Legacy Machine N°2 - LM2
Wondrous reinterpretations of significant horological inventions by the greatest watchmakers in history
The Watch Quote™ - September 4th, 2013
Legacy Machines are wondrous reinterpretations of significant horological inventions by the greatest watchmakers in history. So the contemporary look endowed by the otherworldly appearance of Legacy Machine No. 2’s dual flying balances, suspended high above the dial from four gracefully arcing arms, may at first appear paradoxical. But make no mistake; LM2 is a timepiece tracing its lineage back over 250 years to three of the greatest watchmakers who ever lived: Abraham-Louis Breguet (1747– 1823), Ferdinand Berthoud (1727– 1807) and Antide Janvier (1751– 1835).
These horological legends of the 18th century are united not only by their inventive genius, but also by the fact that they have all constructed clocks and watches with two balances.
Oscillating on high, the exalted double balance wheels of LM2 were inspired by, and pay homage to, one of the rarest mechanisms in the history of watchmaking: the dual regulator. And rarer still, the average rates of Legacy Machine No. 2’s dual regulators are transmitted by a differential to a single gear train, where the majority had two separate movements.
On display under a domed sapphire crystal cupola, the dial of Legacy Machine No. 2, which is actually the top plate of the exquisitely finished movement, is an object lesson in symmetrical simplicity. Top to bottom: the white stretched lacquer sub dial at 12 o’clock, with its blued gold hour and minute hands, is visually balanced by the large, raised differential at 6 o’clock. Left to right: the two flying balances and their escapements are identical mirror images, right down to the position of the stud holders pinning their balance springs.
While the levitated oscillating balance wheels of the binary regulators catch and hold the viewer’s gaze, it is the large planetary differential sitting proud of the dial that is the real heart of Legacy Machine No. 2. In an incredible feat of micro-engineering − and the sheer paucity of timepieces with multiple regulators connected via a differential attests to the enormous difficulty in creating such a complex high-precision mechanism − the differential has three roles: 1. Transferring power to each of the regulators; 2. Receiving the individual timing rates from each balance; and 3. Transmitting the average rate of the two regulators to the gear train, where it finally manifests itself as the displayed time.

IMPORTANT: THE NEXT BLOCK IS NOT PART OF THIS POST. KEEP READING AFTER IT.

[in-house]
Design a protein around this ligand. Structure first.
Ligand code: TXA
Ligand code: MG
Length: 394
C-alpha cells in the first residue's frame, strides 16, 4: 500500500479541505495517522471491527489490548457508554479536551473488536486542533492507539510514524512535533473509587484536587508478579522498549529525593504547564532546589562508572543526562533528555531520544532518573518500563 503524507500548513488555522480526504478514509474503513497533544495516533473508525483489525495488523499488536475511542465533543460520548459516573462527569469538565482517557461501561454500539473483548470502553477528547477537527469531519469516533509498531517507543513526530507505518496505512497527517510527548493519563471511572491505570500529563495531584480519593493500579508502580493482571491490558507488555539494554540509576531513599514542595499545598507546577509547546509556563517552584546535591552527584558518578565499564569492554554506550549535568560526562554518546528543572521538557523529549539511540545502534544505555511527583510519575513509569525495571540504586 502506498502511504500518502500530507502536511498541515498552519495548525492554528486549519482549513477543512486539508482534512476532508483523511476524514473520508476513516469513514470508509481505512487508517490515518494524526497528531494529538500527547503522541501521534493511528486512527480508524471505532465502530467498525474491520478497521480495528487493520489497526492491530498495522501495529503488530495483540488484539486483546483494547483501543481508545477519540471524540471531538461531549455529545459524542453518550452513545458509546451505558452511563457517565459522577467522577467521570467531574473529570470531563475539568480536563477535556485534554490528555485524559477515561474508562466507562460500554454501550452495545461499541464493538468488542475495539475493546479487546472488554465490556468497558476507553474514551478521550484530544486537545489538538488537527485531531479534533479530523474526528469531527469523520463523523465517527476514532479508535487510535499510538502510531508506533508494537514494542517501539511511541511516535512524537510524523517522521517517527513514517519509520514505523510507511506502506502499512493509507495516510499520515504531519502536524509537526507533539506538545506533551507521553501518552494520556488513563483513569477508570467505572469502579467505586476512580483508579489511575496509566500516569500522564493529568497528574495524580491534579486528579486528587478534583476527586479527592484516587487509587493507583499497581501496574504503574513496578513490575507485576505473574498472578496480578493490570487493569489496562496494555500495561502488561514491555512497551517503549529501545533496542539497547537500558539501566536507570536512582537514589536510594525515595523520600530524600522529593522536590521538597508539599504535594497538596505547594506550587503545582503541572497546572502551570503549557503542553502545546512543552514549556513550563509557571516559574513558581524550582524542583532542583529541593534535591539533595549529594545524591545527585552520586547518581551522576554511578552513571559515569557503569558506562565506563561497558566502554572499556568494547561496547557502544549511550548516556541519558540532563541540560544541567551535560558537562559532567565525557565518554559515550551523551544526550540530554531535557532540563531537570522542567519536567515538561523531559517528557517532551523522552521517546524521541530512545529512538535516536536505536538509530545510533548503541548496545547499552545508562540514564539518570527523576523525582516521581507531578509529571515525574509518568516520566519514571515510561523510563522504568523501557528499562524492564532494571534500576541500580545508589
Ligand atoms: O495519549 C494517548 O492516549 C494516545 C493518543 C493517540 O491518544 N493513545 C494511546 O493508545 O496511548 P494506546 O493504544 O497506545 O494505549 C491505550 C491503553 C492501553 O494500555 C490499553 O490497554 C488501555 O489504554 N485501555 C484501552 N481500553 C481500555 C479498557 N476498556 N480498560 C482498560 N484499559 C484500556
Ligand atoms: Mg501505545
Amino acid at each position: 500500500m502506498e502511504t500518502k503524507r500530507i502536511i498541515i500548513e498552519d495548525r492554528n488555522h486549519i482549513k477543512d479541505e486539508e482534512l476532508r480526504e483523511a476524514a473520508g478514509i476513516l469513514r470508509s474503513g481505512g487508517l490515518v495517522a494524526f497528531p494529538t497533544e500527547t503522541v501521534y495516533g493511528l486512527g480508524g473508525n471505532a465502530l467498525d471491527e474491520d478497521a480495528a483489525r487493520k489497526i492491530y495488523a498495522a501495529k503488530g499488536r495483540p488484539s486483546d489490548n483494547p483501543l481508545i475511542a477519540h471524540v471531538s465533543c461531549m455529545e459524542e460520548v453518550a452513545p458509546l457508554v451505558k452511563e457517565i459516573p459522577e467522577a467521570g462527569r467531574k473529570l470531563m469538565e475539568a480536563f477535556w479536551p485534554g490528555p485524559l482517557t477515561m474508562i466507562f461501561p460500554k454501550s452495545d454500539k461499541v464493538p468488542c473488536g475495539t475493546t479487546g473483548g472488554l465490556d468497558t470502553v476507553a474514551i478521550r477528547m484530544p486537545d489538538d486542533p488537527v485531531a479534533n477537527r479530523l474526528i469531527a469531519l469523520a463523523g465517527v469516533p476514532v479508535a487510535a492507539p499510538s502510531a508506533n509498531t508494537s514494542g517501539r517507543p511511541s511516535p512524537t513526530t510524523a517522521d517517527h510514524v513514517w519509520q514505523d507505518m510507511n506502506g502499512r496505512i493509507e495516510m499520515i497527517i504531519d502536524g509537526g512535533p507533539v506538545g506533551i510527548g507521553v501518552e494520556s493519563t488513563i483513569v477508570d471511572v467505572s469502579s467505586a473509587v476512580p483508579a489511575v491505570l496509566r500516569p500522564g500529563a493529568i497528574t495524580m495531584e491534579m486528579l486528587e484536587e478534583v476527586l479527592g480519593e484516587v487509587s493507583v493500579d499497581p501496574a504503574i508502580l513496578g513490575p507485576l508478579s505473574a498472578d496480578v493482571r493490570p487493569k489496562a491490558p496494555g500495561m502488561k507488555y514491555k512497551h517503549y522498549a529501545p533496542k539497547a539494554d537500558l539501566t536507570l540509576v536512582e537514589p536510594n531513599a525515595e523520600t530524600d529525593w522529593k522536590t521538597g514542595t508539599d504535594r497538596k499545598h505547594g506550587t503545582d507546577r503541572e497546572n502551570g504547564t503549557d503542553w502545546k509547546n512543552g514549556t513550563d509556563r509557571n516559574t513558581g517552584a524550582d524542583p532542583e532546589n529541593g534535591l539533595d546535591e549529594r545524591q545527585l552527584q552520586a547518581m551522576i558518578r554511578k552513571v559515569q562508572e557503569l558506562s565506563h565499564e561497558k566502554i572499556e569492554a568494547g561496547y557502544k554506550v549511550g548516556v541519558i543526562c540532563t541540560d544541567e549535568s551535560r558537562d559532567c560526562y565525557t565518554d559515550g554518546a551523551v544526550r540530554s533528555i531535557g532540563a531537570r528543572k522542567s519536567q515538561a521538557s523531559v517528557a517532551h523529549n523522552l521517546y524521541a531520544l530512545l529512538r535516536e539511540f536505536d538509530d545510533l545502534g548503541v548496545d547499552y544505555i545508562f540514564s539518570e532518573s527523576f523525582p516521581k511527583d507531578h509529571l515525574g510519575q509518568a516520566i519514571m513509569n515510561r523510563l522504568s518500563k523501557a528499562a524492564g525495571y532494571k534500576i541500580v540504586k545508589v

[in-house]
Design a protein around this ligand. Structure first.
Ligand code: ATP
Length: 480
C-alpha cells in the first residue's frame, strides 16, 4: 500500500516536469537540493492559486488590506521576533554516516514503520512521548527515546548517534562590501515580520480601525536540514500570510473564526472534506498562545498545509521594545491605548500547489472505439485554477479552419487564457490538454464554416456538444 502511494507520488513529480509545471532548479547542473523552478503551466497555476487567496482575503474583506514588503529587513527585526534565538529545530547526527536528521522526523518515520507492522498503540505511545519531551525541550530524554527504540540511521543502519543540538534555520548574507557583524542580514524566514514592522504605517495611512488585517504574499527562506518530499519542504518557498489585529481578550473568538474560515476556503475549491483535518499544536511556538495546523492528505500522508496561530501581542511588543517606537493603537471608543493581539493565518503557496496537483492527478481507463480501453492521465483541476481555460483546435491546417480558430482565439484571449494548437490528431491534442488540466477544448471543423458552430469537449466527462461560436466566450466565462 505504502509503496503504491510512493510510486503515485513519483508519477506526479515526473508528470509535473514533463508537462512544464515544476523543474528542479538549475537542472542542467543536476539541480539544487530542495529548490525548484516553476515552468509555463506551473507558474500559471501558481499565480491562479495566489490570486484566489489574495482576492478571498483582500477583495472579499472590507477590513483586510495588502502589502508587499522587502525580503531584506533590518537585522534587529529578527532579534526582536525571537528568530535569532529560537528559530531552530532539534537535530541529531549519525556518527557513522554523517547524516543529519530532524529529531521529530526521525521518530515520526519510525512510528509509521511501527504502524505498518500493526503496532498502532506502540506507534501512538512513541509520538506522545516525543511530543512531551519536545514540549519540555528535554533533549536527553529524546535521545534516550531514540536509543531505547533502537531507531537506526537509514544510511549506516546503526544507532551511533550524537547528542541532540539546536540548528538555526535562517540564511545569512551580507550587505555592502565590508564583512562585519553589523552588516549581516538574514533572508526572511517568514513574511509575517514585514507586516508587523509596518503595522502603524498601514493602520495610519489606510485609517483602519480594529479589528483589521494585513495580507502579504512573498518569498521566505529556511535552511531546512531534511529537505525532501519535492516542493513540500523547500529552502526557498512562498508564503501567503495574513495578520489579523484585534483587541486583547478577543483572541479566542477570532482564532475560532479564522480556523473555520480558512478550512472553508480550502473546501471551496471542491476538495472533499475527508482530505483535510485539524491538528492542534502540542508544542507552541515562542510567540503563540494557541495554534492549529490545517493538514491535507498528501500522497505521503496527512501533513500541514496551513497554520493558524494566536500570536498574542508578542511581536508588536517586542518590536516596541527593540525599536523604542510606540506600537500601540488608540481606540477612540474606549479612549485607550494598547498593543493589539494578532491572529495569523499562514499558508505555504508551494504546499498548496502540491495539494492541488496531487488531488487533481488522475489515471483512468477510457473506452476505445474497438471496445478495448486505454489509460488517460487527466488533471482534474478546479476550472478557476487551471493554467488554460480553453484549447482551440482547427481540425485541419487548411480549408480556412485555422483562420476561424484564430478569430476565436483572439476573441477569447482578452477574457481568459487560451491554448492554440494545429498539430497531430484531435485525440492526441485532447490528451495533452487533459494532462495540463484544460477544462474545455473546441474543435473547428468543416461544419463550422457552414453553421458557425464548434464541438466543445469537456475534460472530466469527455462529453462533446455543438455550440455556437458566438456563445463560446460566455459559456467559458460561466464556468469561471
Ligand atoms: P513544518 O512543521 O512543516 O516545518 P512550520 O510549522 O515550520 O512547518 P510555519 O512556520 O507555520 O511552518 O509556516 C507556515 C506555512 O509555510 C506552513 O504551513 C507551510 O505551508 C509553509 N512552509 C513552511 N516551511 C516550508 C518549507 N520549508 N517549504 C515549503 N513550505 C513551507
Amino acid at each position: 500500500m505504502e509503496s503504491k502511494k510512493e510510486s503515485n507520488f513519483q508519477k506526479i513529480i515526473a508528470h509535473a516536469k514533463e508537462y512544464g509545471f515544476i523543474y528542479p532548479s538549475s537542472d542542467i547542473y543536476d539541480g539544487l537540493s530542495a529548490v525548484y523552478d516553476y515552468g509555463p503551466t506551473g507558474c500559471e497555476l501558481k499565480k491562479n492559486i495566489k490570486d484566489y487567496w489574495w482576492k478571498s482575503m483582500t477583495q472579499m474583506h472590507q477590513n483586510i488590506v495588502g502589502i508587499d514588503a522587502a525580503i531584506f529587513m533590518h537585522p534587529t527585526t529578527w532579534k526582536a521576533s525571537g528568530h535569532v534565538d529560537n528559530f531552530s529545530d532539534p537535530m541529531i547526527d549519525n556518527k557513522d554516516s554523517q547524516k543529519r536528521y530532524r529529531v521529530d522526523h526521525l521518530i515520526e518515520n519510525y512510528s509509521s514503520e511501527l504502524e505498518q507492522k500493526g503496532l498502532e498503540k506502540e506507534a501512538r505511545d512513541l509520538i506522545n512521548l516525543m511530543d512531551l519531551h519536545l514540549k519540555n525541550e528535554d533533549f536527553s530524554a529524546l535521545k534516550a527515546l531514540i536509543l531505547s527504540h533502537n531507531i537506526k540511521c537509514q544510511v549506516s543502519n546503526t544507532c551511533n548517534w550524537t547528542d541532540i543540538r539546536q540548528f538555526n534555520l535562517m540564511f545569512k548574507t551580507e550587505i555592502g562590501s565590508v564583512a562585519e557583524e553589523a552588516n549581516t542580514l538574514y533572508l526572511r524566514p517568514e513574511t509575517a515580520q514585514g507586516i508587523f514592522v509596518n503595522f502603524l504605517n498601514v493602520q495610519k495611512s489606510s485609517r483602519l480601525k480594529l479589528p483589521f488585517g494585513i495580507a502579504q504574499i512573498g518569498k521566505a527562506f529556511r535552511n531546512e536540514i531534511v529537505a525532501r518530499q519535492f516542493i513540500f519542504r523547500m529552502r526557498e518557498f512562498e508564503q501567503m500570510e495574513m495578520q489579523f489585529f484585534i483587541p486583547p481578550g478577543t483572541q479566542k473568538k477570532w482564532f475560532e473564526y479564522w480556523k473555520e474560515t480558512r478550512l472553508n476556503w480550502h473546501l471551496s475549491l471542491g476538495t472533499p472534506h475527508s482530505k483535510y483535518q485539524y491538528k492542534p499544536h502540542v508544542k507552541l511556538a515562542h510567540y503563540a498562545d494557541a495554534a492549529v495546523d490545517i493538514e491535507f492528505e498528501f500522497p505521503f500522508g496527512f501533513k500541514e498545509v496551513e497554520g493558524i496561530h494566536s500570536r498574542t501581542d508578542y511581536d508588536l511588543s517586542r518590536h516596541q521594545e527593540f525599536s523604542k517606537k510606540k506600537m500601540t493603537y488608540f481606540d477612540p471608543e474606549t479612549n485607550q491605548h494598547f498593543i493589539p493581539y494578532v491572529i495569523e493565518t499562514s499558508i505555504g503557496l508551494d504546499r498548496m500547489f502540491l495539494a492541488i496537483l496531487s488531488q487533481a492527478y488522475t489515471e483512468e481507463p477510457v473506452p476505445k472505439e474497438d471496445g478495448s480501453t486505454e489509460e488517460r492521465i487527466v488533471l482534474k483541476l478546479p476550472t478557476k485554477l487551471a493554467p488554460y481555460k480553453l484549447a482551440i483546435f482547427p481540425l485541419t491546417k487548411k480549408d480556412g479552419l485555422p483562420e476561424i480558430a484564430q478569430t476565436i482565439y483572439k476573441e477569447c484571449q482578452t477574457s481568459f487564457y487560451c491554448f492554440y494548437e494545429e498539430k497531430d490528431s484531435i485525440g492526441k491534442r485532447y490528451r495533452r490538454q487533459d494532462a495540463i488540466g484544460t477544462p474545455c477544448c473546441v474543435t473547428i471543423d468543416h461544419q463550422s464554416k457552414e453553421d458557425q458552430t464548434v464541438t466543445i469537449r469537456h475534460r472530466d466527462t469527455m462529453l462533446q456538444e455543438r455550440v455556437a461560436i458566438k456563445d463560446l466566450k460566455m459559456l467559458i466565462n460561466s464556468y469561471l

The movement of Legacy Machine No. 2 was developed to MB&F’s specifications by award-winning watchmaker Jean-François Mojon (Best Watchmaker at the 2010 Grand Prix d’Horlogerie de Genève) and his team at Chronode. Acclaimed independent watchmaker Kari Voutilainen ensured that the movement’s aesthetic style was consistent with high- quality traditional timepieces of the 19th century and for specifying the superlative hand- finishing.
Immaculate Geneva waves, gold chatons, mirror-polished bevels and bridges designed with deliberate internal bevelled angles (which cannot be finished by machine) showcase the movement’s peerless fine finishing.
Consistent with MB&F’s spirit of transparency, the names of the two men responsible for the movement are hand engraved on the back.
Two and a half centuries after three of the world’s greatest watchmakers put two balance wheels into their movements, MB&F celebrates their pioneering works by creating LM2, a timepiece with two balances hovering outside the movement.
Legacy Machine No. 2 is available in 18k red gold, 18k white gold and a limited edition of 18 pieces in platinum 950 that features a striking sky-blue dial.
History of dual regulator timepieces
Even today with computer aided design programs (CAD) and ultra-high-precision machines CNC machines, the sheer complexity of high-end mechanical watch movements requires skilled assembly and regulation to achieve good timekeeping over a range of positions. Whether the watch is laid flat, vertical (on its edge), crown up or crown down, slightly affects the components inside – and the balance in particular – which in turn slightly changes the timing rate.
In the 18th
century, higher manufacturing tolerances coupled with low-quality oils meant that it was virtually impossible to regulate a movement to the high precision we have come to expect today. So it should come as no surprise that the greatest horologists of the period experimented with a wide variety of mechanisms to improve timekeeping.
While Ferdinand Berthoud (1727– 1807) averaged his two regulators mechanically, Abraham- Louis Breguet (1747– 1823) and Antide Janvier (1751– 1835) both created double regulator timepieces using the phenomena of resonance to average the rate of the two balances, It should be noted that the majority of dual regulator timepieces, especially those using resonance to couple the two systems, had two complete movements rather than just two regulators.
The fact that these horological geniuses made such a limited number of clocks and watches with double regulators (just a few each), indicates that they doubted that the reward was worth the effort.
Nearly 100 years later, in the 1930s a few of the very best students at the Watchmaking School of the Vallée de Joux made double regulator pocket watches with the rates of two balances averaged by a planetary differential. The students usually made two pieces each – one for themselves and one for the school – and it is thought that 10 such timepieces exist.